Discipleship takes place with multiple persons in a variety of ways. For those who have grown up in the Church, or have been Christians for some time there may be certain models that come to mind—both formal and informal:

• Discipleship means a person [one primary mentor]…
• Discipleship means a program [book or curriculum]…
• Discipleship is just spending time together

All of these are legitimate models, yet none exclusively sufficient. If discipleship entails becoming a whole-life worshiper as well as an apprentice of Jesus, it needs to take place with multiple persons. The person who serves as a discipler/mentor for your marriage may not be the best one for your vocation. The person who brings you along theologically may not be the best one to show you God through the arts.

This releases the individual being discipled from looking to one person for everything and requires us to learn from everybody. It also frees the discipler from guilt for not being everything to everyone, as well as from an unhealthy desire for influence. No one—pastors, elders, lay leaders—can be expected to serve as the primary discipler. We look for God to use many people, understanding that Jesus himself, by way of the Holy Spirit, is the primary Discipler.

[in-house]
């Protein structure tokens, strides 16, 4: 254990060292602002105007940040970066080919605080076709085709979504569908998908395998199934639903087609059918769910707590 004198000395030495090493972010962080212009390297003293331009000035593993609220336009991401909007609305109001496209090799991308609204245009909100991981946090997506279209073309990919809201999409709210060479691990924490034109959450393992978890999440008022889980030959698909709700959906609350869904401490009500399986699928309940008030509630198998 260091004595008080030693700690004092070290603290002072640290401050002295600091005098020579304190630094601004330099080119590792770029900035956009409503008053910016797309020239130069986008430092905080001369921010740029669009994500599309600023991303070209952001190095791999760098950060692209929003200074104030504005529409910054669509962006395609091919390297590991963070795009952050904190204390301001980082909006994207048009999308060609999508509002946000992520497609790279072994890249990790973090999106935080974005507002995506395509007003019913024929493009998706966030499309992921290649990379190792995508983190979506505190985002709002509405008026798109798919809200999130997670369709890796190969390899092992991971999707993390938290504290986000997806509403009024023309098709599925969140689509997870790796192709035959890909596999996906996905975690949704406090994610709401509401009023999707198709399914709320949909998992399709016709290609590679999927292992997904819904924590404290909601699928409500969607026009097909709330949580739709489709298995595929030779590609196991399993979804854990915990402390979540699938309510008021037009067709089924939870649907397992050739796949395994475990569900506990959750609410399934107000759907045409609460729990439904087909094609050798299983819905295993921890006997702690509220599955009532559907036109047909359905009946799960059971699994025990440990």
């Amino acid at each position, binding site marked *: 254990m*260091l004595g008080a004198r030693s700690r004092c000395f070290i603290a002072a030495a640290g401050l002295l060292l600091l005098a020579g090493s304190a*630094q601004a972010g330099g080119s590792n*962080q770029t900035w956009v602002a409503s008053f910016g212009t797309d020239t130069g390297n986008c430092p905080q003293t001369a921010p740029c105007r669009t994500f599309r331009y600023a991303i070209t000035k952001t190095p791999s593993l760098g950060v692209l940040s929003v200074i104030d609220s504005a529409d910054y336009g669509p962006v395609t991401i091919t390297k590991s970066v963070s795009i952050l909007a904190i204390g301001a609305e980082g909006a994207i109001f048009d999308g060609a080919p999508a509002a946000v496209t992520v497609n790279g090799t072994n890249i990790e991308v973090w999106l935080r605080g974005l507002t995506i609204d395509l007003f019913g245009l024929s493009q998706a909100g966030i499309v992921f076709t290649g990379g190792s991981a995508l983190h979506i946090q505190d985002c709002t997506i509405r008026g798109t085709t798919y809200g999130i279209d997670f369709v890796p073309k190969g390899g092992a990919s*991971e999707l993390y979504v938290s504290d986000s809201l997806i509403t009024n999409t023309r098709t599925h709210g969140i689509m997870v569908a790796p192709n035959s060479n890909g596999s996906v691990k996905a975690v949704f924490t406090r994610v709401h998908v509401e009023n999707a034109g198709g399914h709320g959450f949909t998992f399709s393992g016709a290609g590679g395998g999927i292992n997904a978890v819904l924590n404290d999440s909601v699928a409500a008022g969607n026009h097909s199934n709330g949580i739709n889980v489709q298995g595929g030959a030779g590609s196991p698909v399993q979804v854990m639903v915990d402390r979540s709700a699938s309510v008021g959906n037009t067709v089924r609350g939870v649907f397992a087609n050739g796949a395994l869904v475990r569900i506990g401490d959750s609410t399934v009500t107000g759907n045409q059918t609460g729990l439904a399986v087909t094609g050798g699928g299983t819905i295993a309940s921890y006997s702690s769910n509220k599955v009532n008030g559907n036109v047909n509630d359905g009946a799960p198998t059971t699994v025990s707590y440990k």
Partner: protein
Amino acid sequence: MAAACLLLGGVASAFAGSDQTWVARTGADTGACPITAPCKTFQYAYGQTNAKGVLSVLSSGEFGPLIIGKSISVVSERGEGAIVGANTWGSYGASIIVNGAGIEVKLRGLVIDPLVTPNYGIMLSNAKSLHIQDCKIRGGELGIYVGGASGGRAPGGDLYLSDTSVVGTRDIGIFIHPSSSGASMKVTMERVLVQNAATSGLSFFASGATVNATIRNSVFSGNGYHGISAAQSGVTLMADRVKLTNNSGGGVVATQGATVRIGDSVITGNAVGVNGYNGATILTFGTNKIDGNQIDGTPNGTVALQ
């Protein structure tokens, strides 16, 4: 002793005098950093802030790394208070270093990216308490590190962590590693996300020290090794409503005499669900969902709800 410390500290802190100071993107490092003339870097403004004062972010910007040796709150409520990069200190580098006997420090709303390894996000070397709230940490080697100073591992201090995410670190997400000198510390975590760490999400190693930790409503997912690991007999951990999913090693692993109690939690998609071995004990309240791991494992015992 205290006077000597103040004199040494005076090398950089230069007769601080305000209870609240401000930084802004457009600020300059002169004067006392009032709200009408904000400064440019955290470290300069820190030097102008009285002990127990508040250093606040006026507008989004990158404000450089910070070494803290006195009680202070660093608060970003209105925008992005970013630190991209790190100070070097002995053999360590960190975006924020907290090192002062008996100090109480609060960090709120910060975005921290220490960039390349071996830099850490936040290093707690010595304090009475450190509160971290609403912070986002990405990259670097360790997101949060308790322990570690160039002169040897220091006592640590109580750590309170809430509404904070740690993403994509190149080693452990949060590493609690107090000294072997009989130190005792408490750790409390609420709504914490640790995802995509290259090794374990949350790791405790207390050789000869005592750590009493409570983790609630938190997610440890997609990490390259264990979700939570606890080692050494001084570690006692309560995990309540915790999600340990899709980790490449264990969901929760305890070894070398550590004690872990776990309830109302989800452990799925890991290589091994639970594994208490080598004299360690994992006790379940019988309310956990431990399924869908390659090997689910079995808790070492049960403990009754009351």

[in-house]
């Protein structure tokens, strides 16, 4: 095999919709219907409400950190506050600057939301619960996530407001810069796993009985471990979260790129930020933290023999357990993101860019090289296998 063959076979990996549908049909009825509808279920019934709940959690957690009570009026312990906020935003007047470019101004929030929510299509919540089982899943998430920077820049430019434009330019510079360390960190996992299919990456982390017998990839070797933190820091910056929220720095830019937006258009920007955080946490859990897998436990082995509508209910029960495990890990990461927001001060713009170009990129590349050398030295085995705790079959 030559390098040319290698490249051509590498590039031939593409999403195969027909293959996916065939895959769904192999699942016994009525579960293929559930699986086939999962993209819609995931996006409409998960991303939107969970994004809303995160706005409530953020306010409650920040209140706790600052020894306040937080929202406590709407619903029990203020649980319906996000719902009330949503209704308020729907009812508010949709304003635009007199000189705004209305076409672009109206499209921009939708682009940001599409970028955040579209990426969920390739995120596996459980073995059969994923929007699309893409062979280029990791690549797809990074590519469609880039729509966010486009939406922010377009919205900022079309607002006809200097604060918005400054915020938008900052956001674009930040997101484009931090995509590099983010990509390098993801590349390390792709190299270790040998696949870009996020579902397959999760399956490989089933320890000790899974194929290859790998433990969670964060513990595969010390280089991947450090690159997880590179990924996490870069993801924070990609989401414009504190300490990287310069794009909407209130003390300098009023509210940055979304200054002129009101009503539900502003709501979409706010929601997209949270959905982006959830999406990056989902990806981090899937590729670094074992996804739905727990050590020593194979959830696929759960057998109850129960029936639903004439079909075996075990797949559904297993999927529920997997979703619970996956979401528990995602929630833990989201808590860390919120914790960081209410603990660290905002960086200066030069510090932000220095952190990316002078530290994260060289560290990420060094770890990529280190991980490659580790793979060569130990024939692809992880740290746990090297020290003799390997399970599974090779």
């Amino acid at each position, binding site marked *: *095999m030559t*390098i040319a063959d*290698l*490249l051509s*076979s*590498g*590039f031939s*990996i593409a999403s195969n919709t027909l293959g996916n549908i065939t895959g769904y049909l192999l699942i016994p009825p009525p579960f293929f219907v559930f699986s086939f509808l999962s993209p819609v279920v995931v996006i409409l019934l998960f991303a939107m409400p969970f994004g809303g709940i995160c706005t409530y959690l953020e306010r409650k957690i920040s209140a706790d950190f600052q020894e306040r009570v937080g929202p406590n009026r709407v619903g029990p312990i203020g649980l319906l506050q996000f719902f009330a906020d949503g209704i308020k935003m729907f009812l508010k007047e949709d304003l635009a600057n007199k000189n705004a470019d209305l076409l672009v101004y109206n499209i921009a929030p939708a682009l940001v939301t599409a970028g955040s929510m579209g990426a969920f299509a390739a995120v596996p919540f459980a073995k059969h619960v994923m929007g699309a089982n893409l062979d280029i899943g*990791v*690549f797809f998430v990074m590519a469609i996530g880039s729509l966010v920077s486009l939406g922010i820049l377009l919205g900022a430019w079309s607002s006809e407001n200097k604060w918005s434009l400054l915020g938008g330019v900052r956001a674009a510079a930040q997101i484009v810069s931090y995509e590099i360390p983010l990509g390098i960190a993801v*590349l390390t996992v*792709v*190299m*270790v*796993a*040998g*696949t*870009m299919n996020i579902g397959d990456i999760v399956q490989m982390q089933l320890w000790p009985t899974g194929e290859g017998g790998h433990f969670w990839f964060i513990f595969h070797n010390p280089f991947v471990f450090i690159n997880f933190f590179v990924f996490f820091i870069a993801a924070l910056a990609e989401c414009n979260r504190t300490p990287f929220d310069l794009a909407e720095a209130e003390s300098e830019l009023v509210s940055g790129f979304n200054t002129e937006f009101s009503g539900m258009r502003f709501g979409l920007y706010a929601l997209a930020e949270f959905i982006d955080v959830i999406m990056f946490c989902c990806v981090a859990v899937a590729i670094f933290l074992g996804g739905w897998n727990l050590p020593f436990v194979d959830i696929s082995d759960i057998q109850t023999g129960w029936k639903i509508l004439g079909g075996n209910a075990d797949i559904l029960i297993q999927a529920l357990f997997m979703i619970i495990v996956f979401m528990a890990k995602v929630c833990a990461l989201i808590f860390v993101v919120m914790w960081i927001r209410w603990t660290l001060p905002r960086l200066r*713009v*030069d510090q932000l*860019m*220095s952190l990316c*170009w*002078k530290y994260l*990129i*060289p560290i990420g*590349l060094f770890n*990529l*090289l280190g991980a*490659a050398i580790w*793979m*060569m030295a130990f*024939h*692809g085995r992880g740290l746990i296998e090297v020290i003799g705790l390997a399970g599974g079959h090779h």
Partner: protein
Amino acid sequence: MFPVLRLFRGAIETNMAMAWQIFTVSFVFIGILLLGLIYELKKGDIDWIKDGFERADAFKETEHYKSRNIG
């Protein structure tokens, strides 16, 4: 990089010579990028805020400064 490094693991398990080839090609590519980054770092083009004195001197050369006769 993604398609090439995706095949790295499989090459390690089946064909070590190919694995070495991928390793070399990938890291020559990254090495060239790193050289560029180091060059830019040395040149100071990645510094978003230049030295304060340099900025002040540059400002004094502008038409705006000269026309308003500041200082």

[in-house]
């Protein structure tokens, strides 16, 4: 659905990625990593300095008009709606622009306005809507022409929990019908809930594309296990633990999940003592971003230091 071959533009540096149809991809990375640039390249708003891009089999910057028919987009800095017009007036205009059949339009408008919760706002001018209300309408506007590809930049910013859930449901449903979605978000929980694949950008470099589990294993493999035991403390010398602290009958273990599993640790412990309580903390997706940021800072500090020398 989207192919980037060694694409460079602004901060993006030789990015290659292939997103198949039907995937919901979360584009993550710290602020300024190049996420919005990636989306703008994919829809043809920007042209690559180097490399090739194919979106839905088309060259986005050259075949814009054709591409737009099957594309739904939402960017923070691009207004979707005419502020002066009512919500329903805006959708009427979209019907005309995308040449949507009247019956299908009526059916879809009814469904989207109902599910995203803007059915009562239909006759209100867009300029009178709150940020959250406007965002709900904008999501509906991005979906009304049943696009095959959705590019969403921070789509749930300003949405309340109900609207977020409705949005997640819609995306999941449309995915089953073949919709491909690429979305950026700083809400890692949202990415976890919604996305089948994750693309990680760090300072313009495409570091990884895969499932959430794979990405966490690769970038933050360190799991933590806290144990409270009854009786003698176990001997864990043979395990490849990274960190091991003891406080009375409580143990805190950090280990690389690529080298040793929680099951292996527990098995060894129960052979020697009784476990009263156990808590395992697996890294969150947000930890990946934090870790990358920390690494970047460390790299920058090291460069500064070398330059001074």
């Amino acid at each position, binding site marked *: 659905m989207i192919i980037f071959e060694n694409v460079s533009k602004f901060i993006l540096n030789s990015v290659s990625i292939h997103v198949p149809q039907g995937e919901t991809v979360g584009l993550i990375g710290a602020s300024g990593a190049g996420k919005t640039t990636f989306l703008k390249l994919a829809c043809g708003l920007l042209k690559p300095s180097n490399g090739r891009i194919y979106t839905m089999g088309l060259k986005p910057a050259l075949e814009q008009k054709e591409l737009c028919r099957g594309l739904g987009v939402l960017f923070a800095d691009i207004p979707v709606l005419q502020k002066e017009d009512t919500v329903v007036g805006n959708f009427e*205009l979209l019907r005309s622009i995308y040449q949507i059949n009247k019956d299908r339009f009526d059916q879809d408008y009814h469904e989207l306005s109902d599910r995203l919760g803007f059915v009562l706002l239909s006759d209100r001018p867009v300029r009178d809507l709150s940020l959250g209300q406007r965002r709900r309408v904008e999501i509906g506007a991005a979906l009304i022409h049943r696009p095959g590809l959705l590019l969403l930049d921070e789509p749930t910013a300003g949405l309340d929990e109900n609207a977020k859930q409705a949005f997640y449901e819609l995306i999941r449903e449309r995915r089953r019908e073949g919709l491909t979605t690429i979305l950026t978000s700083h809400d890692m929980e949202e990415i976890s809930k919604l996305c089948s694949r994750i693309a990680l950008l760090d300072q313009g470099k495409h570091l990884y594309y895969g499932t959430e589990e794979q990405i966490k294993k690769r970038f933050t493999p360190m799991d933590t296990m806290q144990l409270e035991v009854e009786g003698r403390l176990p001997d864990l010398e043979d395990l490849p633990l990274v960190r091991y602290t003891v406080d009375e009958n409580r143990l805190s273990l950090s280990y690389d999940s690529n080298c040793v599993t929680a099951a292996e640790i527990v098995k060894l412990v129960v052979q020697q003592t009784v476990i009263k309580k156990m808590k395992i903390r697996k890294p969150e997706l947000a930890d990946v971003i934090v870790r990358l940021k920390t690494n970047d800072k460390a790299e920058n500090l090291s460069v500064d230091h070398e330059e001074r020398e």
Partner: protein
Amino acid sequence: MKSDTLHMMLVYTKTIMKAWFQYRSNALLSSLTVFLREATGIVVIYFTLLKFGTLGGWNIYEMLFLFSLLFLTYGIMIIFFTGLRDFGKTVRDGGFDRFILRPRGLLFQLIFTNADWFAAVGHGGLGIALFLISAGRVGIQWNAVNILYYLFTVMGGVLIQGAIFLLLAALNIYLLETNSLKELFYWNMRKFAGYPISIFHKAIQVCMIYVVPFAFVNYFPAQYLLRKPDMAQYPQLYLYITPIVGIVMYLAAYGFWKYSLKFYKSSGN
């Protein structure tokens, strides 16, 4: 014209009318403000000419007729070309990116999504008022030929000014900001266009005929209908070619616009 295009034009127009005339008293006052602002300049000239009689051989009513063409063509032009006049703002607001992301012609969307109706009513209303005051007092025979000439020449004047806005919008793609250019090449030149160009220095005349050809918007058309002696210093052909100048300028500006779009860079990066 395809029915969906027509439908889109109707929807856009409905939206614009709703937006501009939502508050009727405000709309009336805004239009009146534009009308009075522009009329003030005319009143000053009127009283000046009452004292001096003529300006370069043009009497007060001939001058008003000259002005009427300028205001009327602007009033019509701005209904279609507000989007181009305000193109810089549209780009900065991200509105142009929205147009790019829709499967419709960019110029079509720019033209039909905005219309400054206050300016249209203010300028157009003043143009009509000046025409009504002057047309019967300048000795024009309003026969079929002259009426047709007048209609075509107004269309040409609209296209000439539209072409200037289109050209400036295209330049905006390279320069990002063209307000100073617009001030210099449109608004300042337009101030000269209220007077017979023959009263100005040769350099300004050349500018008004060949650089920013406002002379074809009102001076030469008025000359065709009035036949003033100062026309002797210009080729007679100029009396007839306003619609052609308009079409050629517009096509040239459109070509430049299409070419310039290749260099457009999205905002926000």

Discipleship also takes place in multiple contexts. At Grace Silicon Valley we imagine discipleship will occur in many venues: during worship services, alone with God, while discussing a film, while sharing a cup of coffee, while tutoring a child, in small groups or as we hone our talents at work. This relates to our belief that disciples are called not merely to personal worship and piety, but to engage every area of life—which only happens as we are being discipled in a whole-life manner. The multiple contexts and personalities involved in discipleship call us to be wide-eyed for God’s shaping influence.

Discipleship occurs through the “means of grace,” used corporately and individually. God tells us that there are certain means through which His powerful grace flows, by which the Spirit of Christ resides and rules in our lives: the Word which God inspired and inhabits, the Sacraments wherein Christ is present, Prayer by which we both experience and communicate with God. This is why weekly worship with the Church is so formative, for it is there that all these take place. And, as we learn to worship together publicly we’re also learning how to do it privately. These means pursued publicly and privately are used by the Spirit help us to become worshipers, apprentices and followers.

Other means of grace require relationships with people: fellowship, service and repentance. The messy community of the Church is where these are experienced. Together we spur one another to press on.

The Bible teaches us that transformation occurs by seeing the glory of God and because of the grace of God. Mechanically checking a list of chores leads nowhere. Coasting through life under the guise of ‘freedom’ leads nowhere. Discipleship is a reliance on God’s grace through diligently pursuing his means of grace. This takes discipline and intentionality. The Apostle Paul likened it to athletic or military training.